Bush Produce Systems Research:
Sustainable bush produce systems for the arid zone ("Bush produce systems") - "Post-harvest storage and produce quality"
Curtin University staff: Associate professor Dr Zora Singh. Dr Maria Jose' de Sousa-Majer (Postdoctoral Research Fellow)
S Dhaliwal (Public Health), Ms Alicia Pasznicki
Funding agency: Desert Knowledge CRC
Funding: Total Funding: $ 635,262, for post-harvest storage / quality of bush tomato: $142,642
Project period: October 2004 - June 2006
Sustainable bush produce systems for the arid zone ("Bush produce systems") along with partners: CSIRO, Curtin, ATSIC, University of South Australia, Flinders University, Charles Darwin university, James Cook University, Department of Agriculture with total Funding: $ 635,262 from Desert knowledge CRC for two years.
This research project aims to improve opportunities for arid zone produce to be used in the native foods industry and seeks to underpin the contribution of indigenous people to the native foods industry and the benefits they may gain from it; also to assist the development of the native foods value chain.
Specific research activities within the project are: sustainable wild harvest systems, horticultural production systems, genetics and plant improvement, post-harvest storage and produce quality, market and consumer issues and a study investigating the impacts (positive and negative) of the industry on Indigenous communities. The vision of the project is for a demand-driven native foods industry that has strong Indigenous participation, with clear benefits to Indigenous people and others in arid zone communities.
This research activity at Curtin focuses on postharvest handling of bush tomato. Cultivated and/or wild harvested fruit exhibit moth / weevil infestation and larvae appear in the fruit if stored at ambient temperature. Presently these moth and weevil pest species have not been identified.
No research work has been done at point of harvest to solve this pest problem. Moth/weevil infestation in bush tomato after harvest phase not only causes economic losses to the product but also has implications for food safety issues. How can moth /weevil infestation in the postharvest phase of bush tomato be managed or eradicated? This research activity will address the questions of post-harvest treatment, storage conditions and produce quality. A reliable supply of good quality bush tomatoes is a prerequisite for a sustainable and expanding industry, which has export potential. Bush tomatoes are without doubt, a native food that has a large market potential for flavouring value added product and also as a dry, ground flavouring/spice (J. Robins, Robins Foods, Pers. Comm). The bush tomato has been identified as a species that has growing market demand and is therefore emerging as an important bush food plant. It is being cultivated in various parts of Australia including SA, NT and WA but over 75% of fruit going into commercial food products are harvested from the wild.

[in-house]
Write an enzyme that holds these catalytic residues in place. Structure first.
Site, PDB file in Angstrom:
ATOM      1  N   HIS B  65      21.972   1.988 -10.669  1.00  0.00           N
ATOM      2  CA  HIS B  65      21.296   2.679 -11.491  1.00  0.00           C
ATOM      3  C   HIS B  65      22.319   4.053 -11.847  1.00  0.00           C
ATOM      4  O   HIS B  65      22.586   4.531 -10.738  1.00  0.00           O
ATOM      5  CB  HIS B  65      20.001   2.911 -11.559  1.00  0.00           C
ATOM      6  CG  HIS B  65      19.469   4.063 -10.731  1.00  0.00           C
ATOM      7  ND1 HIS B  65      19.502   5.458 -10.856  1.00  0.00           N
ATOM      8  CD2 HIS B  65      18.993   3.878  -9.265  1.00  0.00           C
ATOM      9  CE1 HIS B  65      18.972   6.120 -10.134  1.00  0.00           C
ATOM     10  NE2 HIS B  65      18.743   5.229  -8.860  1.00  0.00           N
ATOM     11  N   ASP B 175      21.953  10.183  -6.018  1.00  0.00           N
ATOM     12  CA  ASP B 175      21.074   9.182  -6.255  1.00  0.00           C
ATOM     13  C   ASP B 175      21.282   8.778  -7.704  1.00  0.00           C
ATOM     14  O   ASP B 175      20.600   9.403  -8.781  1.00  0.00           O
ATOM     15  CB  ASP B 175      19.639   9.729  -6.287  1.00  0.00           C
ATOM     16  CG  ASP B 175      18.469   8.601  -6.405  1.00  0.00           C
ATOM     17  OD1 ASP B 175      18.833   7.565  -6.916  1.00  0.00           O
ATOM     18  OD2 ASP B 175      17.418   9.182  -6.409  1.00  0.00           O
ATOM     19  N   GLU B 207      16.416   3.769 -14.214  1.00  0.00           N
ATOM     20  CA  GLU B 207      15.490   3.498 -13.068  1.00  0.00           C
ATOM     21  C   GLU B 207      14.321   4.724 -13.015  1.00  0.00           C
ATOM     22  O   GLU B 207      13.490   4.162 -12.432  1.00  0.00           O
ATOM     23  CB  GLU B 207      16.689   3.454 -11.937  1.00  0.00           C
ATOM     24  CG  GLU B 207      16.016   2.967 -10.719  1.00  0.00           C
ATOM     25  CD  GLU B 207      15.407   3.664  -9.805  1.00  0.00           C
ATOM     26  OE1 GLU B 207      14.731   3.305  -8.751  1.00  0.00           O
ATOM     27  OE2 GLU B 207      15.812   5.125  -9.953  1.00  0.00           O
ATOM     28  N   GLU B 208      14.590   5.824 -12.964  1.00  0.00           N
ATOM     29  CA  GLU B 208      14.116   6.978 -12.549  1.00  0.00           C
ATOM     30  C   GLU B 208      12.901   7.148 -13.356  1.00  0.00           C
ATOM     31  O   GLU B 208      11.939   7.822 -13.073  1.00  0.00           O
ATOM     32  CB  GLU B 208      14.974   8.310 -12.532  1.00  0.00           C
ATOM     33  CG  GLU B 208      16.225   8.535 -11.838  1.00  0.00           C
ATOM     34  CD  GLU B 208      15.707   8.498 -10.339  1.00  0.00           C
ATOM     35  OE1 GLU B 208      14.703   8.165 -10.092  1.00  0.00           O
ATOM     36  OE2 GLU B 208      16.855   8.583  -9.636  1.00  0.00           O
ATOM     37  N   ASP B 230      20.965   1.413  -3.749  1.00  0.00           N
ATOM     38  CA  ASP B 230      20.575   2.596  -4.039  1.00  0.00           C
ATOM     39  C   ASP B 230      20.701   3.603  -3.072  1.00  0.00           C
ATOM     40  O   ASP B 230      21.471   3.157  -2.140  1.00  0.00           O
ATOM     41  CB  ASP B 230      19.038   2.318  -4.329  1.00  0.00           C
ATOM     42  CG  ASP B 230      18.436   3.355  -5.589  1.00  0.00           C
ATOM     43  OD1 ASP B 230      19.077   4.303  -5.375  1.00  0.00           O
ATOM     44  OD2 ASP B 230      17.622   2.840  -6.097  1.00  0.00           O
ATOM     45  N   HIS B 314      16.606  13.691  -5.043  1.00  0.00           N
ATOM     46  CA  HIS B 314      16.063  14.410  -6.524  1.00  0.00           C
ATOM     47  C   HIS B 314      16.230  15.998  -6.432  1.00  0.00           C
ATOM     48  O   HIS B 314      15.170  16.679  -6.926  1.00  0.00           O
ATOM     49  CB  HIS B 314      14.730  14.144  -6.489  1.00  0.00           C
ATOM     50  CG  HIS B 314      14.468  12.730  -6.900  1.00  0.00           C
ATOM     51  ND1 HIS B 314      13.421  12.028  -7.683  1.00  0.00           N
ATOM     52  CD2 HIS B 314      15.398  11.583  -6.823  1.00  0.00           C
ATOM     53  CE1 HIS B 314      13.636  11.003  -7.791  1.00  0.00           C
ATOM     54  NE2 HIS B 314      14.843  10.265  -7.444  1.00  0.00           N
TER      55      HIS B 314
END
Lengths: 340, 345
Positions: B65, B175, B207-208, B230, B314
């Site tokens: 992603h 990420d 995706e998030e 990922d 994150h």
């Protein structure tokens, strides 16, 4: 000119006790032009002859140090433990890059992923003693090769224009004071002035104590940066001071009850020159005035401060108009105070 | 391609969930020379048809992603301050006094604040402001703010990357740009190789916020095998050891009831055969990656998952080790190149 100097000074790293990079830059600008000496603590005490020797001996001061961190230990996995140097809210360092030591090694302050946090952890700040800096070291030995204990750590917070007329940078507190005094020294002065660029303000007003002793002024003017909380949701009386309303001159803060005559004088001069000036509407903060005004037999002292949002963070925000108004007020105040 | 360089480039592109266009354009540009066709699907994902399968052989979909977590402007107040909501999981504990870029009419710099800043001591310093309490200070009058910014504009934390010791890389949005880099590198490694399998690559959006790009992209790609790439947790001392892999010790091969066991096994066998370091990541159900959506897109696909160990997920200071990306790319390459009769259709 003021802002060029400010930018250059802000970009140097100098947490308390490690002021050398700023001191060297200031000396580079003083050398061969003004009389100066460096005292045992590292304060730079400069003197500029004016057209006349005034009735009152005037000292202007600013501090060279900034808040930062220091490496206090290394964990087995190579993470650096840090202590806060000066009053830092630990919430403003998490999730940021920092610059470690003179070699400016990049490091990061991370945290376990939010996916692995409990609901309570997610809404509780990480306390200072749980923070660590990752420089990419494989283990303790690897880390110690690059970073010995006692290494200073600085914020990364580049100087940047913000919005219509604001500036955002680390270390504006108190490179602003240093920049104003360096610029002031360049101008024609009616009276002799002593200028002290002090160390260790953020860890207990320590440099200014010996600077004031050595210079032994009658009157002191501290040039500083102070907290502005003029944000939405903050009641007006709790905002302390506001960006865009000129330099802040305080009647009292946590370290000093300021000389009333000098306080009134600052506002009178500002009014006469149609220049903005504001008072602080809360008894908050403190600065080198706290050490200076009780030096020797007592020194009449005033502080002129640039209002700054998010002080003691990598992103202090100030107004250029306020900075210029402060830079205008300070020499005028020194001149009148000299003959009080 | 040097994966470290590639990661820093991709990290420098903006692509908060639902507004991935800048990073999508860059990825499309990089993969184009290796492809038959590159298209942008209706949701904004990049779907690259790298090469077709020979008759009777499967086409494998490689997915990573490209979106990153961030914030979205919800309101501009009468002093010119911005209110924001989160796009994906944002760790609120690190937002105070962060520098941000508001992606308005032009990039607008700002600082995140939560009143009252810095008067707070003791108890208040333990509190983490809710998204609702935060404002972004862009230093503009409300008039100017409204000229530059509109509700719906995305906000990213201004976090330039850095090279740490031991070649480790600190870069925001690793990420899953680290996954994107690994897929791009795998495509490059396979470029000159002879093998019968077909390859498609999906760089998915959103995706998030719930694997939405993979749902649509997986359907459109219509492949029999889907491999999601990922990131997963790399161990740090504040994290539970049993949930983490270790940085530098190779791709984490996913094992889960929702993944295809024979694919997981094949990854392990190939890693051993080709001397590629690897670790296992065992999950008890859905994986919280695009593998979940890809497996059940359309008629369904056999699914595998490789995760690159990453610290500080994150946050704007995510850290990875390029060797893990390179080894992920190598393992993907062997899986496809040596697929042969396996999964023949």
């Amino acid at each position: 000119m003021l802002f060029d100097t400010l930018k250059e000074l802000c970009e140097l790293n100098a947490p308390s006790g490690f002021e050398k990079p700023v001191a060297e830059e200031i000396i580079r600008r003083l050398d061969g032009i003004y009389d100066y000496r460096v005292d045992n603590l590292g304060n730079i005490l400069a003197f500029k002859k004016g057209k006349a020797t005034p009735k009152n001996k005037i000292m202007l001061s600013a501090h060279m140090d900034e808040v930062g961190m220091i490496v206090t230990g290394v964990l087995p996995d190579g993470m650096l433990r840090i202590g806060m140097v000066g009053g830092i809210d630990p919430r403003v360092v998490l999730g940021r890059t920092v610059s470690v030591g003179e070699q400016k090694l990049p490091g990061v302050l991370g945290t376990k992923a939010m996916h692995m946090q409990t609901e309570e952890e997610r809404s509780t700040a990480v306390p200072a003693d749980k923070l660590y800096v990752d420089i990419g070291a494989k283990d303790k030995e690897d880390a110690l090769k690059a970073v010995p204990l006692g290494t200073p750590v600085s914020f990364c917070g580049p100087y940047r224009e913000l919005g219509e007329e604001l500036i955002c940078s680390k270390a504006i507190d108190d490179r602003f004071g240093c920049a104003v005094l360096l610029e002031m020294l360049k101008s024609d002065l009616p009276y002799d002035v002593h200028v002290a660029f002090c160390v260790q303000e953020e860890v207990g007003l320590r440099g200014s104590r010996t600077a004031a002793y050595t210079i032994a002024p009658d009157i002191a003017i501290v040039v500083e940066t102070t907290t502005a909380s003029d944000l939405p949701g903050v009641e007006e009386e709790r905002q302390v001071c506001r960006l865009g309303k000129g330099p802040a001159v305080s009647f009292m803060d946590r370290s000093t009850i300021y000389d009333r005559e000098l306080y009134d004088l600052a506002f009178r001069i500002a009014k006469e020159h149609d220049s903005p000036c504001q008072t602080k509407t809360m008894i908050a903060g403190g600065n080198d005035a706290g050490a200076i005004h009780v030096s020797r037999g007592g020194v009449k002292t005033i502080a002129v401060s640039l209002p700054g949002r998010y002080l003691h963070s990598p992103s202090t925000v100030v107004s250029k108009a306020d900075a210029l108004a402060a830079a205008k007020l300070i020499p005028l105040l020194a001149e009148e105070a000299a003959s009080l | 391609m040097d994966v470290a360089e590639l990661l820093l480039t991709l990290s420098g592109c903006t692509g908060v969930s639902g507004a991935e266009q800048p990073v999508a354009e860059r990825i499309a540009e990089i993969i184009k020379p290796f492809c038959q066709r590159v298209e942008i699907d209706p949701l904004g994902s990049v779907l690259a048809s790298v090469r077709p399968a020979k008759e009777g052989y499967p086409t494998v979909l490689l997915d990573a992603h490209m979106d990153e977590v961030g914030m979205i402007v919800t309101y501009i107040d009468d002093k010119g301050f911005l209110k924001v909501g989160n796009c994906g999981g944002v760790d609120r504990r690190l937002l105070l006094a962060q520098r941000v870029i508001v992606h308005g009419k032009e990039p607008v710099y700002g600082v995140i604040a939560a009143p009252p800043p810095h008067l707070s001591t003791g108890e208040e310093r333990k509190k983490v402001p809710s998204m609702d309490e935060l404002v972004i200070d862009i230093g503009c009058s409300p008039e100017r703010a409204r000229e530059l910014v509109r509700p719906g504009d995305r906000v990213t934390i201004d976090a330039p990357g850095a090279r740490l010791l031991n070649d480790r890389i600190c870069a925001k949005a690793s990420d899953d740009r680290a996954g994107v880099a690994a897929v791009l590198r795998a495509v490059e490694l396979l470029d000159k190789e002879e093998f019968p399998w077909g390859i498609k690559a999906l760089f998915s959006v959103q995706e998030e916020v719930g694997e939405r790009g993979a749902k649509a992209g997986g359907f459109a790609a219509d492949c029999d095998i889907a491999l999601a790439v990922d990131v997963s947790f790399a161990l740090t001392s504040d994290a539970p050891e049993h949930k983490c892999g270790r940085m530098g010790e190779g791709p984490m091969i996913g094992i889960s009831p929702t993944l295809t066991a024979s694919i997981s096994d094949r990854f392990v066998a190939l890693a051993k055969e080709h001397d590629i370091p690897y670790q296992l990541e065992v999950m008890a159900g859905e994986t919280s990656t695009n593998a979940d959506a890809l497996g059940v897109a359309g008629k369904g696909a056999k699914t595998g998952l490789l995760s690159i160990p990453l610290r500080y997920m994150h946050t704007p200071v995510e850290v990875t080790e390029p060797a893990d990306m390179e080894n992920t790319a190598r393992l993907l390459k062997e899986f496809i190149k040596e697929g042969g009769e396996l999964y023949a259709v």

The proposed research will address the following questions:
Identification of post-harvest insect pests in bush tomato.
How these pests can be managed/eradicated
Development of post-harvest treatment(s) for insect control in bush tomato. Evaluation of various post-harvest disinfection methods with no chemical or minimal use of chemicals. The research in this area will focus on the evaluation of storage environments, particularly testing the effect of gas composition during storage on reducing infection by insect pests.
The research proposed in this activity aims to contribute to developing postharvest handling technology for bush tomato that can be used for both the wild harvested and cultivated crop. This technology will enable produce to be stored and kept in good quality for both local community use and for the commercial sector. The proposed research has the potential to reduce the cost of postharvest storage (through reduced wastage) and therefore to benefit the industry, Aboriginal people, domestic and international consumers.